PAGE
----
The opinion of the court was delivered by: Sheila K. Oberto United States Magistrate Judge
ORDER DISMISSING CLAIMS AGAINST STAFF AT CSP-LANCASTER WITHOUT PREJUDICE FOR IMPROPER VENUE, DISMISSING ACTION WITH PREJUDICE FOR FAILURE TO STATE A CLAIM UNDER SECTION 1983 AGAINST DEFENDANT DIAZ, AND DENYING MOTIONS AS MOOT (Docs. 9-11)
ORDER THAT DISMISSAL IS SUBJECT TO 28 U.S.C. § 1915(G)
I. Dismissal of Claims Against Staff at CSP-Lancaster
Plaintiff Marlon Blacher, a state prisoner proceeding pro se and in forma pauperis, filed this civil rights action pursuant to 42 U.S.C. § 1983 on December 2, 2011. On June 22, 2012, Plaintiff filed an amended complaint as a matter of right. Fed. R. Civ. P. 15(a).
Plaintiff's amended his complaint to add claims against staff at California State Prison-Lancaster, where he is currently incarcerated. Venue for Plaintiff's new claims is proper in the Central District of California, see Costlow v. Weeks, 790 F.2d 1486, 1488 (9th Cir. 1986) (court may raise defective venue sua sponte); Davis v. Mason County, 927 F.2d 1473, 1479 (9th Cir. 1991) (courts have broad discretion regarding severance), and they are not related to Plaintiff's claim against Defendant Diaz arising out of an event at California State Prison-Corcoran, George v. Smith, 507 F.3d 605, 607 (7th Cir. 2007) (citing Fed. R. Civ. P. 18(a)).*fn1 Accordingly, Plaintiff's claims against staff at CSP-Lancaster are dismissed, without prejudice, for improper venue.
II. Claim Against Defendant Diaz
The Court is required to screen complaints brought by prisoners seeking relief against a governmental entity or an officer or employee of a governmental entity. 28 U.S.C. § 1915A(a). The Court must dismiss a complaint or portion thereof if the prisoner has raised claims that are legally "frivolous or malicious," that fail to state a claim upon which relief may be granted, or that seek monetary relief from a defendant who is immune from such relief. 28 U.S.C. § 1915A(b)(1), (2). "Notwithstanding any filing fee, or any portion thereof, that may have been paid, the court shall dismiss the case at any time if the court determines that . . . the action or appeal . . . fails to state a claim upon which relief may be granted." 28 U.S.C. § 1915(e)(2)(B)(ii).
A complaint must contain "a short and plain statement of the claim showing that the pleader is entitled to relief. . . ." Fed. R. Civ. P. 8(a)(2). Detailed factual allegations are not required, but "[t]hreadbare recitals of the elements of a cause of action, supported by mere conclusory statements, do not suffice," Ashcroft v. Iqbal, 556 U.S. 662, 678, 129 S.Ct. 1937 (2009) (citing Bell Atlantic Corp. v. Twombly, 550 U.S. 544, 555, 127 S.Ct. 1955 (2007)), and courts "are not required to indulge unwarranted inferences," Doe I v. Wal-Mart Stores, Inc., 572 F.3d 677, 681 (9th Cir. 2009) (internal quotation marks and citation omitted). While factual allegations are accepted as true, legal conclusions are not. Iqbal, 556 U.S. at 678.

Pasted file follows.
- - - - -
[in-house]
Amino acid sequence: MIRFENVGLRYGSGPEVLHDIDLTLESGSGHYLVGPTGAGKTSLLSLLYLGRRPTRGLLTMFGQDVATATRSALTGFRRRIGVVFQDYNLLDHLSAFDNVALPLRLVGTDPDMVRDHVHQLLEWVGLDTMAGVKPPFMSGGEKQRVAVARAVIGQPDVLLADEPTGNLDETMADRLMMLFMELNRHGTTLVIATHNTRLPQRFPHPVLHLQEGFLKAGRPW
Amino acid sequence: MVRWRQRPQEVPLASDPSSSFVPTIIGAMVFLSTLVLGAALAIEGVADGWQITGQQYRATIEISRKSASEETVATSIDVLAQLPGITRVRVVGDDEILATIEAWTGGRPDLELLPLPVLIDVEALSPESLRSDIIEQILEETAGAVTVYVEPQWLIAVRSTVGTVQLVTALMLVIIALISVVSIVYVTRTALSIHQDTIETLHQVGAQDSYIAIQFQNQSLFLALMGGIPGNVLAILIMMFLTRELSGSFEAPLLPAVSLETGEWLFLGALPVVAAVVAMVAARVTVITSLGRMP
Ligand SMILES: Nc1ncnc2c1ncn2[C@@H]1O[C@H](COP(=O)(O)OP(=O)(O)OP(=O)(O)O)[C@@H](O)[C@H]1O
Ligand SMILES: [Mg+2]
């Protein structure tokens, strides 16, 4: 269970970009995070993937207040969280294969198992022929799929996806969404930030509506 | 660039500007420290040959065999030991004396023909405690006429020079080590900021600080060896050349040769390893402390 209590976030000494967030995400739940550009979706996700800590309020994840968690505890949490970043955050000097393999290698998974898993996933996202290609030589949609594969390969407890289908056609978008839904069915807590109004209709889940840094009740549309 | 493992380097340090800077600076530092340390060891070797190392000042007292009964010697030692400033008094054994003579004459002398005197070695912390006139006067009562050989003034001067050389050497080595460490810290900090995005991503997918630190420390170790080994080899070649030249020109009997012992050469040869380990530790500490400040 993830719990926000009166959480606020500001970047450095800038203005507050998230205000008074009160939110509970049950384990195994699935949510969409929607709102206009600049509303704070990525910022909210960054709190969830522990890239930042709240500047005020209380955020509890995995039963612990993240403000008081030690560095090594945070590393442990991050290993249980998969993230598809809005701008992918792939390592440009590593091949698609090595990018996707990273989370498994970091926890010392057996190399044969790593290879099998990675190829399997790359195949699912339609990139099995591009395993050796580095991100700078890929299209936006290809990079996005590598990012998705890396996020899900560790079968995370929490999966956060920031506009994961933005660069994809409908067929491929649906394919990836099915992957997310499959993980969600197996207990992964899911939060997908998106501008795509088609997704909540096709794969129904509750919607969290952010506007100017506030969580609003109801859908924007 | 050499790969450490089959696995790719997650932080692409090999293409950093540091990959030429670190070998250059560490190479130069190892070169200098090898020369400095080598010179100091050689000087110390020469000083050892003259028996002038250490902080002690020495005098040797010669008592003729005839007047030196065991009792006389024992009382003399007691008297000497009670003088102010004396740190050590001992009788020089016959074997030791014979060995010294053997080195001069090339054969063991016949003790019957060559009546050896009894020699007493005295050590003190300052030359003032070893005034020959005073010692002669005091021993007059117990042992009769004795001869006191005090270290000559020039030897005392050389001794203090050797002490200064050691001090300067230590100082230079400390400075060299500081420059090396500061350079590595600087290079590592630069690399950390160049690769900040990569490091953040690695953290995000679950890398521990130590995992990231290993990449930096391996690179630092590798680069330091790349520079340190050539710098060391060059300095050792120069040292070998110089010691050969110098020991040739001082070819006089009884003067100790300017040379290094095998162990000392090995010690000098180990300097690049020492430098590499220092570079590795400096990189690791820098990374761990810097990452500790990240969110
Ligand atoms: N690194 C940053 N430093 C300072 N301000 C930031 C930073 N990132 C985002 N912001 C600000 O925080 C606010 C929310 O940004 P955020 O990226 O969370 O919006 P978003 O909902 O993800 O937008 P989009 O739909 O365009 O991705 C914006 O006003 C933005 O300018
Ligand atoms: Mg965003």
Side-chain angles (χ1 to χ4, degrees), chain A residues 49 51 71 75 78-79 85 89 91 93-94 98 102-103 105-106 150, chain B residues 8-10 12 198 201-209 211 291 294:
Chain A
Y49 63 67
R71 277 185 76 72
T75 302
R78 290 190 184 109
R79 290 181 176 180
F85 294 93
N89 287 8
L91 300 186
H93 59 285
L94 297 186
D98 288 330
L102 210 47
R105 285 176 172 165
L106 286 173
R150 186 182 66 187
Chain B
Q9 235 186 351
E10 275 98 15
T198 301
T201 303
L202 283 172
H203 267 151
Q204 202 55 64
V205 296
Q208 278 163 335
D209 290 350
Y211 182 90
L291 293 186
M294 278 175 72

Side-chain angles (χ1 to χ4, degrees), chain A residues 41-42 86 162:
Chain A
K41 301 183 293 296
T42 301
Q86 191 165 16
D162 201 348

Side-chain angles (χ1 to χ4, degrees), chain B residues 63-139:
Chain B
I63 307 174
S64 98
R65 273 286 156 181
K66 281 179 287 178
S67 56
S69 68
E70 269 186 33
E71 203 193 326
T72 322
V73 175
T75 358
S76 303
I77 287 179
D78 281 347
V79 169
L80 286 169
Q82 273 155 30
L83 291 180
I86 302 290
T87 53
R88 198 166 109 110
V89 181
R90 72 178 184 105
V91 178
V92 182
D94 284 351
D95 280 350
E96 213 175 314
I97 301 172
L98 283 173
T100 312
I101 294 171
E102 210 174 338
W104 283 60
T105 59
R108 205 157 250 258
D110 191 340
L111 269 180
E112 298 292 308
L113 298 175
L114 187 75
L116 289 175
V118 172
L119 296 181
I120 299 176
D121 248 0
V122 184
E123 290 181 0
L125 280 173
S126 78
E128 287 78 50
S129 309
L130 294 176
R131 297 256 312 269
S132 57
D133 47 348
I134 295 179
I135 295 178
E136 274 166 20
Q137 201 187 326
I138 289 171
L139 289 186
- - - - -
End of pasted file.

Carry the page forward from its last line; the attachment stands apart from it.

Under section 1983, Plaintiff must demonstrate that each defendantpersonally participated in the deprivation of his rights. Jones v. Williams, 297 F.3d 930, 934 (9th Cir. 2002). This requires the presentation of factual allegations sufficient to state a plausible claim for relief. Iqbal, 556 U.S. at 678-79; Moss v. U.S. Secret Service, 572 F.3d 962, 969 (9th Cir. 2009). The mere possibility of misconduct falls short of meeting this plausibility standard. Iqbal, 556 U.S. at 678; Moss, 572 F.3d at 969.
Plaintiff seeks to impose liability on R. Diaz, Chief Deputy Warden at CSP-Corcoran, for denying Plaintiff's inmate appeal on June 23, 2011. The decision in question, which was attached to the original complaint and of which the Court takes judicial notice, denied Plaintiff's appeal at the second level of review and also informed Plaintiff that his appeal was reviewed by the Hiring Authority for consideration of processing as a staff complaint, but it was determined that it did not rise to the level of a staff complaint and would be processed as a program appeal.*fn2
Section 1983 provides a cause of action for the violation of Plaintiff's constitutional or other federal rights by persons acting under color of state law. Nurre v. Whitehead, 580 F.3d 1087, 1092 (9th Cir 2009); Long v. County of Los Angeles, 442 F.3d 1178, 1185 (9th Cir. 2006); Jones, 297 F.3d at 934. The Due Process Clause protects against the deprivation of liberty without due process of law, and in order to invoke the protection of the Due Process Clause, Plaintiff must first establish the existence of a liberty interest for which the protection is sought. Wilkinson v. Austin, 545 U.S. 209, 221, 125 S.Ct. 2384 (2005). Liberty interests may arise from the Due Process Clause itself or from state law. Id. Liberty interests created by state law are "generally limited to freedom from restraint which . . . imposes ...